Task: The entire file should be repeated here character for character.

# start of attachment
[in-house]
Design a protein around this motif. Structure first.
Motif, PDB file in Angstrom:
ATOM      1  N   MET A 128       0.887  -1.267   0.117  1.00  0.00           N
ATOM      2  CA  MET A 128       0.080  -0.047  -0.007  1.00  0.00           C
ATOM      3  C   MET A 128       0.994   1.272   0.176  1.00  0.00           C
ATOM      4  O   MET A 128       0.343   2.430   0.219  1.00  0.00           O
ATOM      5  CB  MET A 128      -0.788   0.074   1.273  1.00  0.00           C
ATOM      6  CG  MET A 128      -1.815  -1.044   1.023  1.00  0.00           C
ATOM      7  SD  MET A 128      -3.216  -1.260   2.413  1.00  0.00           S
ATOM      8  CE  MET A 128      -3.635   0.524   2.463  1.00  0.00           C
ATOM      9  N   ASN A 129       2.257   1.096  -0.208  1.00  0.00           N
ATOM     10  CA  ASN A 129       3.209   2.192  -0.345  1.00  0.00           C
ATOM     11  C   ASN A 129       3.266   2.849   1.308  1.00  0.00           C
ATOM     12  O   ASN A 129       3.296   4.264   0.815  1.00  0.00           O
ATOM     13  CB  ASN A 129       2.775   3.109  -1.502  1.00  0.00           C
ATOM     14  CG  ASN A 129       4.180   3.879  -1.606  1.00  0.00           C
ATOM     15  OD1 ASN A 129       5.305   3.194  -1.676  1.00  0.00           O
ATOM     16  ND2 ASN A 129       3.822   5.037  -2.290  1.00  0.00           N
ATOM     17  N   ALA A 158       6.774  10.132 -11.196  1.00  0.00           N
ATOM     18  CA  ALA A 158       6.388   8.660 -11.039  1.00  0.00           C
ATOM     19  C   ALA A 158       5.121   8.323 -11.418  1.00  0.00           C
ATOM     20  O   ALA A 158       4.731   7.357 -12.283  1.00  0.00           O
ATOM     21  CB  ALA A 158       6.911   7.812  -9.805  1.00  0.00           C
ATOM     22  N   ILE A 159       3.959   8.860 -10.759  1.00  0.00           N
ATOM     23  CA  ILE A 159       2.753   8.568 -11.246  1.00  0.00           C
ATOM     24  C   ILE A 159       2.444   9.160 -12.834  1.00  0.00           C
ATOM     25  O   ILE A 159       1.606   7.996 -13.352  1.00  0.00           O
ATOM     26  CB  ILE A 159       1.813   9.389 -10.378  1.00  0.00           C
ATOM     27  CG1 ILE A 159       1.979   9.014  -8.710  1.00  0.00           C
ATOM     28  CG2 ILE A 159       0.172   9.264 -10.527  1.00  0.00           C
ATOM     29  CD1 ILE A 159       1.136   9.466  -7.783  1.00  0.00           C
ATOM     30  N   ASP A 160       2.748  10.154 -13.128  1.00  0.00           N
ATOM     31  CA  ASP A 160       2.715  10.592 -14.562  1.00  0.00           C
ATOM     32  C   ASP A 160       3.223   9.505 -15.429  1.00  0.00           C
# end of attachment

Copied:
[in-house]
Design a protein around this motif. Structure first.
Motif, PDB file in Angstrom:
ATOM      1  N   MET A 128       0.887  -1.267   0.117  1.00  0.00           N
ATOM      2  CA  MET A 128       0.080  -0.047  -0.007  1.00  0.00           C
ATOM      3  C   MET A 128       0.994   1.272   0.176  1.00  0.00           C
ATOM      4  O   MET A 128       0.343   2.430   0.219  1.00  0.00           O
ATOM      5  CB  MET A 128      -0.788   0.074   1.273  1.00  0.00           C
ATOM      6  CG  MET A 128      -1.815  -1.044   1.023  1.00  0.00           C
ATOM      7  SD  MET A 128      -3.216  -1.260   2.413  1.00  0.00           S
ATOM      8  CE  MET A 128      -3.635   0.524   2.463  1.00  0.00           C
ATOM      9  N   ASN A 129       2.257   1.096  -0.208  1.00  0.00           N
ATOM     10  CA  ASN A 129       3.209   2.192  -0.345  1.00  0.00           C
ATOM     11  C   ASN A 129       3.266   2.849   1.308  1.00  0.00           C
ATOM     12  O   ASN A 129       3.296   4.264   0.815  1.00  0.00           O
ATOM     13  CB  ASN A 129       2.775   3.109  -1.502  1.00  0.00           C
ATOM     14  CG  ASN A 129       4.180   3.879  -1.606  1.00  0.00           C
ATOM     15  OD1 ASN A 129       5.305   3.194  -1.676  1.00  0.00           O
ATOM     16  ND2 ASN A 129       3.822   5.037  -2.290  1.00  0.00           N
ATOM     17  N   ALA A 158       6.774  10.132 -11.196  1.00  0.00           N
ATOM     18  CA  ALA A 158       6.388   8.660 -11.039  1.00  0.00           C
ATOM     19  C   ALA A 158       5.121   8.323 -11.418  1.00  0.00           C
ATOM     20  O   ALA A 158       4.731   7.357 -12.283  1.00  0.00           O
ATOM     21  CB  ALA A 158       6.911   7.812  -9.805  1.00  0.00           C
ATOM     22  N   ILE A 159       3.959   8.860 -10.759  1.00  0.00           N
ATOM     23  CA  ILE A 159       2.753   8.568 -11.246  1.00  0.00           C
ATOM     24  C   ILE A 159       2.444   9.160 -12.834  1.00  0.00           C
ATOM     25  O   ILE A 159       1.606   7.996 -13.352  1.00  0.00           O
ATOM     26  CB  ILE A 159       1.813   9.389 -10.378  1.00  0.00           C
ATOM     27  CG1 ILE A 159       1.979   9.014  -8.710  1.00  0.00           C
ATOM     28  CG2 ILE A 159       0.172   9.264 -10.527  1.00  0.00           C
ATOM     29  CD1 ILE A 159       1.136   9.466  -7.783  1.00  0.00           C
ATOM     30  N   ASP A 160       2.748  10.154 -13.128  1.00  0.00           N
ATOM     31  CA  ASP A 160       2.715  10.592 -14.562  1.00  0.00           C
ATOM     32  C   ASP A 160       3.223   9.505 -15.429  1.00  0.00           C